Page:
The access control module 1115 controls which logical volume is assigned to which host. A logical volume can be assigned to each user. In this case, with reference to and based on a record of an assignment of a logical volume accessible by a user to a user list and in accordance with a logging-in user, the access control module 1115 changes a host LUN to be provided to the user.

Next, processing for retrieving management information of a logical object assigned to a user manager by using the management program 421 or 432 by the user manager will be described. FIG. 8 is a flowchart showing an example of the processing for retrieving management information of a logical object.

For example, the user manager with AdminA1 of the user company A retrieves management information by using the management program 421 to be operated on the management console A42. This example will be described below.

First of all, the user manager AdminA1 inputs a manager ID and password thereof to the management console A42 and logs in the management program 421 (step 801).

The management program 421 receives an input from the user manager AdminA1 and sends the manager ID, the password and a user group ID to the storage system 1. Here, it is assumed that the user group ID was registered with the management program 421 in advance. Since the control program 1110 of the storage system 1 may manage manager IDs that are uniquely identifiable, a manager ID, a password and a user group ID may be sent through the network A201 (Inband) or the network C203 (Out-of-band) (step 802).

The control program 1110 of the storage system 1 authenticates the user manager with reference to the management-right control table 1114 by using the manager ID, password and user group ID received from the management program 421 (step 803).

In order to communicate with the storage system 1 through an IP network, as described above, an ID of a VLAN assigned to each user company to be used for the communication may be used as a user group ID. In other words, in order to exchange a manager ID and a password Inband, an ID of a VLAN of the user company A defined on the network A201 may be used as a user-group ID of the user company A. In order to send a manager ID and a password Out-of-band, an ID of a VLAN of the user company A defined on the network C203 may be used as a user-group ID of the user company A. When an ID of a VLAN is used as a user-group ID, the management program 421 does not send the user-group ID to the storage system 1. When the control program 1110 receives a manager ID and a password from the management program 421, an ID of a VLAN used in the communication of the manager ID and password is used as a user-group ID.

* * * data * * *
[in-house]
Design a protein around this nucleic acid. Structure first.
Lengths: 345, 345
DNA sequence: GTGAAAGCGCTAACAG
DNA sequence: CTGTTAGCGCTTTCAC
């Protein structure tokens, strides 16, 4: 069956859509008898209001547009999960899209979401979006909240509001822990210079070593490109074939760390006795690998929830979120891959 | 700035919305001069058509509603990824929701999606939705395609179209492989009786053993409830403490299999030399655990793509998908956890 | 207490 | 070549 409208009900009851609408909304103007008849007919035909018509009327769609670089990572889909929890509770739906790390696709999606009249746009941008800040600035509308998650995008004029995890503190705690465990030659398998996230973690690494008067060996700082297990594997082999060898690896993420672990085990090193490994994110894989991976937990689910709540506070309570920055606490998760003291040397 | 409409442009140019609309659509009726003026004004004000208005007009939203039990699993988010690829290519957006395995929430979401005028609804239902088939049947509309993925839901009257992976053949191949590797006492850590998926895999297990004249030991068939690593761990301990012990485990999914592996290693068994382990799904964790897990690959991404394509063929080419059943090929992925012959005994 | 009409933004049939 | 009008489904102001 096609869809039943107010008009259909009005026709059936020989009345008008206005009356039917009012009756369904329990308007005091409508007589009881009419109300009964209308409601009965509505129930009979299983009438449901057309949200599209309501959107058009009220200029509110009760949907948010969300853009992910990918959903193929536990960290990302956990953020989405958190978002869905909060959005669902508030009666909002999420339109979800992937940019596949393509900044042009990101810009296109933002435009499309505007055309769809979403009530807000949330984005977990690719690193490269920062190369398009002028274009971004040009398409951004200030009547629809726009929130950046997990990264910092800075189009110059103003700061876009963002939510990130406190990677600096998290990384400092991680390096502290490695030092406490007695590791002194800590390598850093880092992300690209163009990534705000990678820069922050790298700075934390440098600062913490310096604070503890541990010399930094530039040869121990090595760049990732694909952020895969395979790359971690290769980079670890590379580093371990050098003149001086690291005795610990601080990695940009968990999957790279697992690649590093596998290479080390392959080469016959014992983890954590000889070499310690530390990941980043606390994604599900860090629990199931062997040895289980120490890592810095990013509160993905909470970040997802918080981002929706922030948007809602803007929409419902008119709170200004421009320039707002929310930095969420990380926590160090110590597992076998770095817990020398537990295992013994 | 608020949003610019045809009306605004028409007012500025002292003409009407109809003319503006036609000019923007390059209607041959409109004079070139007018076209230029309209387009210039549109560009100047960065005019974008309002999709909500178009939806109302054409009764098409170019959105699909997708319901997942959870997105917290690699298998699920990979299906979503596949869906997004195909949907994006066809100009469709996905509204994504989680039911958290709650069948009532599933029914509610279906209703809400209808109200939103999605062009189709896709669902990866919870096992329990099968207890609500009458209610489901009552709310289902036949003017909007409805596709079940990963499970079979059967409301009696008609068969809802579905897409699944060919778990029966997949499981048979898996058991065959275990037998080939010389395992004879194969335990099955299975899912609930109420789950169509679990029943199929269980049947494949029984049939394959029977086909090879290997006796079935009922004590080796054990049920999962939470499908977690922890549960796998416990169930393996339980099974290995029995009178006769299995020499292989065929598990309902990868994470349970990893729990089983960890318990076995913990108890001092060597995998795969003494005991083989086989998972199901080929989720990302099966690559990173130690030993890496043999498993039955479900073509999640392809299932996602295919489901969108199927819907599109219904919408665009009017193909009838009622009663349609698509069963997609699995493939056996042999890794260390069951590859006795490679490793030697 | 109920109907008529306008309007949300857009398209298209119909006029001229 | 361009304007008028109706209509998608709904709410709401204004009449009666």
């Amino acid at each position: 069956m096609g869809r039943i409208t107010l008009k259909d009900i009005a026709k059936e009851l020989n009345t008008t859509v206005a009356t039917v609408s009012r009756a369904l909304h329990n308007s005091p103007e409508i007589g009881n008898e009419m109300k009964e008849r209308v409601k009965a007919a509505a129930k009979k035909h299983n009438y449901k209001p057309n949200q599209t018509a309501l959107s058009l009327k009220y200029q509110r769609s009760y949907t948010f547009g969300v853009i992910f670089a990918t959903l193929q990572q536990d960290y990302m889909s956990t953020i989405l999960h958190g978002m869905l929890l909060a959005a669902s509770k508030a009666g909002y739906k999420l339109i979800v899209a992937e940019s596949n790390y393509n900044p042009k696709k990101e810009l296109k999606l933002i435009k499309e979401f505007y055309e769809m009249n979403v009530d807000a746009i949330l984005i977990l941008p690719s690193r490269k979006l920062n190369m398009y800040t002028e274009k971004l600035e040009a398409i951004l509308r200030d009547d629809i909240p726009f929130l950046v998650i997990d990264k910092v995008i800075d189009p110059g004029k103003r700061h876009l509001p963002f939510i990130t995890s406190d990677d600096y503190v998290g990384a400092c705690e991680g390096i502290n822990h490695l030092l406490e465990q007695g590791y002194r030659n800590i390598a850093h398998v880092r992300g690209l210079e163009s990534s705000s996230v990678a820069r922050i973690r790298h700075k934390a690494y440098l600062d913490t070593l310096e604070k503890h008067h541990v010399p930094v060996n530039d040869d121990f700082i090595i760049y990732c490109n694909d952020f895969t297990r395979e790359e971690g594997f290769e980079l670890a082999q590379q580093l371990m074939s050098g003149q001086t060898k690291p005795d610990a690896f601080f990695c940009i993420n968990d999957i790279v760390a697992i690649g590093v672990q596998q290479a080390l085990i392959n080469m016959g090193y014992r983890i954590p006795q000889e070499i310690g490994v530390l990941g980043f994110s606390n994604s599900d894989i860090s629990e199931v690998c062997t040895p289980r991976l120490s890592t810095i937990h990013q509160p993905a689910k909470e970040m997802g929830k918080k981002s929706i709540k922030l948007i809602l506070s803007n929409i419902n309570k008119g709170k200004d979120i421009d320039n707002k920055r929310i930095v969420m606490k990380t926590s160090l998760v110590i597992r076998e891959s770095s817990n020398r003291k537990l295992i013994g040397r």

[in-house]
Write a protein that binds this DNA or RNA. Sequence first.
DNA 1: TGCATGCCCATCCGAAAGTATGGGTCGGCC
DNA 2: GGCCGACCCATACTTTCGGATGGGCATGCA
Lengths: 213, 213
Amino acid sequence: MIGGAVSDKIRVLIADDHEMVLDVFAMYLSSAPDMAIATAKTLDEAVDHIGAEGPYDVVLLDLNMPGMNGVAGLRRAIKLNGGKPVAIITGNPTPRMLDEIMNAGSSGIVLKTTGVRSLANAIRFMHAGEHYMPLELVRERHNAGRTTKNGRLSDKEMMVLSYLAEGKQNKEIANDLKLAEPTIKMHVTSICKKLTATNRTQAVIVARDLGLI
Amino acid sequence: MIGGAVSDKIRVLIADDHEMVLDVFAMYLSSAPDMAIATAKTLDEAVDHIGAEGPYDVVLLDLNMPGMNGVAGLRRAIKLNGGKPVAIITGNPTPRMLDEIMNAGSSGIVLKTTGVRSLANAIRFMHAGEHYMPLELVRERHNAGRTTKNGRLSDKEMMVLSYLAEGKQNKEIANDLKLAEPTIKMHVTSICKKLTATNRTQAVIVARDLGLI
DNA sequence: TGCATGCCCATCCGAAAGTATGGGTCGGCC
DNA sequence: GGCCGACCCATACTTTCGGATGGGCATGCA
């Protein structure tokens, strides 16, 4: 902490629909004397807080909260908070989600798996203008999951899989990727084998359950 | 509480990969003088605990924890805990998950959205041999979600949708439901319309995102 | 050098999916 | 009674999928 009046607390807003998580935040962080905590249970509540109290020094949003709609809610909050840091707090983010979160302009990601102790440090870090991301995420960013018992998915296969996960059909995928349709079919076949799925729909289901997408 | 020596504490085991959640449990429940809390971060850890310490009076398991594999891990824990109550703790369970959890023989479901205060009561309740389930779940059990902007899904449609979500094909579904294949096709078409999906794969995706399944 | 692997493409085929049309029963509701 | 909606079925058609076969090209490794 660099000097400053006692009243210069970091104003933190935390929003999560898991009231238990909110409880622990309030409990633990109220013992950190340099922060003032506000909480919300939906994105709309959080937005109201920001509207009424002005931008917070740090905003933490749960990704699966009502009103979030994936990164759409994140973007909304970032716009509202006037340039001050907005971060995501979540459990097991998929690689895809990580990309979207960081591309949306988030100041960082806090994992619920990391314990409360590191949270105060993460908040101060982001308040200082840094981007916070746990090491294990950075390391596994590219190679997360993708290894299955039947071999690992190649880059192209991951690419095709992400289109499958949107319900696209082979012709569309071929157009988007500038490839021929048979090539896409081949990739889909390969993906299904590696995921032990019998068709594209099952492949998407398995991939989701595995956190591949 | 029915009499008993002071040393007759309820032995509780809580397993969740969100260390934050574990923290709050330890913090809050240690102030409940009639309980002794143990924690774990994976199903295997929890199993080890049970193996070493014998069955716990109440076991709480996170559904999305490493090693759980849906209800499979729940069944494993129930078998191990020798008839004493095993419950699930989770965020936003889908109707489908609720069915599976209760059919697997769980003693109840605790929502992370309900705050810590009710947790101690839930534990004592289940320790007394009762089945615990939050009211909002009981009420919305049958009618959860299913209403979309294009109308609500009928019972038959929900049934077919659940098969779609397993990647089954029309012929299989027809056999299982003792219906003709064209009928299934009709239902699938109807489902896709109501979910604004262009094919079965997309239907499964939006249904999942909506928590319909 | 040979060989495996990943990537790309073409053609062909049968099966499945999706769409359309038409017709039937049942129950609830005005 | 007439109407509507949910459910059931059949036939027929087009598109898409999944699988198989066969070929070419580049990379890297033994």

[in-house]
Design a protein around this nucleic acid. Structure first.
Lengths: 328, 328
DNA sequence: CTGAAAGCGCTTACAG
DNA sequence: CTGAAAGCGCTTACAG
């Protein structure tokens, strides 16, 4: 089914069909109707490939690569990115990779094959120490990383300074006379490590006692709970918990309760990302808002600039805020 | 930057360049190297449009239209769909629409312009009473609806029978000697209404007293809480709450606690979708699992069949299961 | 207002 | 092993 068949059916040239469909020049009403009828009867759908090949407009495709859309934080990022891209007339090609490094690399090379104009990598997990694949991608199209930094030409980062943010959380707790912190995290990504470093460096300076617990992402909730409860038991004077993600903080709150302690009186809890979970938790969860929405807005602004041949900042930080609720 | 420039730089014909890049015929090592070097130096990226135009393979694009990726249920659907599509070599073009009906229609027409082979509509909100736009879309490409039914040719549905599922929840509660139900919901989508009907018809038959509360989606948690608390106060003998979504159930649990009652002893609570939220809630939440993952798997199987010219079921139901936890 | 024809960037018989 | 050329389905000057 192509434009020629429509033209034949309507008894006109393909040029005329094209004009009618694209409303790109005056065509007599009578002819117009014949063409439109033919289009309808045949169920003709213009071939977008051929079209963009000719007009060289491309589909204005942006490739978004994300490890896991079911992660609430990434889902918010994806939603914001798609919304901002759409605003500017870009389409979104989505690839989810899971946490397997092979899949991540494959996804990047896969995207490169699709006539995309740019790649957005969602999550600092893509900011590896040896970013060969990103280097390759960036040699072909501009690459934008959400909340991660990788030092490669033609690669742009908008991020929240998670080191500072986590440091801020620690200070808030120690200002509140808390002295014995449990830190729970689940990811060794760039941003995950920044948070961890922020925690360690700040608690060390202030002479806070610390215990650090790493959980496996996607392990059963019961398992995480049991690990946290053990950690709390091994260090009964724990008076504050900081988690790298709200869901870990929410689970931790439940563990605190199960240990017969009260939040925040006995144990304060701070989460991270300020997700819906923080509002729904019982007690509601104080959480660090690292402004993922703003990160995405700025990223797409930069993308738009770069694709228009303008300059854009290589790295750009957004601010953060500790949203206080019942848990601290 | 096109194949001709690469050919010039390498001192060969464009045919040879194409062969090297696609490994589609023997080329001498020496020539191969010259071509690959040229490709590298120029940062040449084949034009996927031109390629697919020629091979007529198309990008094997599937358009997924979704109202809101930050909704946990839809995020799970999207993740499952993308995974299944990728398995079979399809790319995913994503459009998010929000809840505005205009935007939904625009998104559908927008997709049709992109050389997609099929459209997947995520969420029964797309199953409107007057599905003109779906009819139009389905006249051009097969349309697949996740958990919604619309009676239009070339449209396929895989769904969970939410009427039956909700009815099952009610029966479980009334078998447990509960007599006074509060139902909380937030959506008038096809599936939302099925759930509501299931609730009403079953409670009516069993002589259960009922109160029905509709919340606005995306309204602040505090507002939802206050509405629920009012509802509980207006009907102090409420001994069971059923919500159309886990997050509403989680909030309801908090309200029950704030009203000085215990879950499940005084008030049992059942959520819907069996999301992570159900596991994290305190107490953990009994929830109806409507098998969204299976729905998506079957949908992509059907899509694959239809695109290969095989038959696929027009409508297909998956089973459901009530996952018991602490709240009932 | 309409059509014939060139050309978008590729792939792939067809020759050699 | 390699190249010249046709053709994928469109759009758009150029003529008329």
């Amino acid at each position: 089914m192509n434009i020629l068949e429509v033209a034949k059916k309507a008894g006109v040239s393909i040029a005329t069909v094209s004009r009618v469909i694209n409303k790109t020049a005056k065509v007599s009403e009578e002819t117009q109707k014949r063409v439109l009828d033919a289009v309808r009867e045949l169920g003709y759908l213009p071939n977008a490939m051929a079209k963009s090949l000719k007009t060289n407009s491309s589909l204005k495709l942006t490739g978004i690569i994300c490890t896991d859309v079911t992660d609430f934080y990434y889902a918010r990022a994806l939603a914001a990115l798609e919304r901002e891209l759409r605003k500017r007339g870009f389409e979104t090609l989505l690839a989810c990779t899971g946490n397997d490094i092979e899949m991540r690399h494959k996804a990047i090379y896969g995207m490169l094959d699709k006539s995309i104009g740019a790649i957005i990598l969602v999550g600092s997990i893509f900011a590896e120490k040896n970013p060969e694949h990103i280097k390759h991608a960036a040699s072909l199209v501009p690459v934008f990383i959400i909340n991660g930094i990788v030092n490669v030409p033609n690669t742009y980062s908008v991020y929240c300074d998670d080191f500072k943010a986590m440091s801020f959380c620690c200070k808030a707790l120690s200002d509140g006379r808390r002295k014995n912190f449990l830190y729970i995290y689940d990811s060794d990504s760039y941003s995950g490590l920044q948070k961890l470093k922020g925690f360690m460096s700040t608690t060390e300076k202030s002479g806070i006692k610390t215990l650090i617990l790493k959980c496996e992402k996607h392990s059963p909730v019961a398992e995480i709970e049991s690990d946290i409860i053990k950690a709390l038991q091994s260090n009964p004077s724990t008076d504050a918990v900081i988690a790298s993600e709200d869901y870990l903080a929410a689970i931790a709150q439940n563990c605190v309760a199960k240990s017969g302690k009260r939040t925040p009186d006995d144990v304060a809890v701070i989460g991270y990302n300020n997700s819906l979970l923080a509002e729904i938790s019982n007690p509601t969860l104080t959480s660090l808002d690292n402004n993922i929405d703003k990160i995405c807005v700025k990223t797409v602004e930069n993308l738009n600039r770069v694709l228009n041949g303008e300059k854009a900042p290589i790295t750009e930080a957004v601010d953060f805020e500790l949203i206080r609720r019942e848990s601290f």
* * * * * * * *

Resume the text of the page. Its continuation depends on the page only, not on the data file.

As a result of the authentication processing at the step 803, when a combination of the manager ID and password received by the control program 1110 has not been registered with the management-right control table 1114, and the manager having sent the manager ID and password is not determined to be a regular manager, the control program 1110 sends an error to the management program 421, and the processing ends (step 807).

On the other hand, when the authentication of the manager ID results in success at the step 803, the control program 1110 sends a logical-object ID 1114 d corresponding to the received manager ID and management information 1111 c of a logical object corresponding to the logical object ID 1114 d to the management program 421 with reference to the management-right control table 1114 and the Logical-Layer management table 1111 (step 804).

In response to the reception of the logical-object ID 1114 d and management information 1111 c, the management program 421 displays the received logical-object ID 1114 d and the management information 1111 c on a display screen of the management console A42 (step 805).

FIG. 9 shows an example of a management screen displayed on the display screen of the management console A42 at the step 805. FIG. 9 is an example of a management screen 4210 when the user manager with AdminA1 of the user company A logs in the management program 421.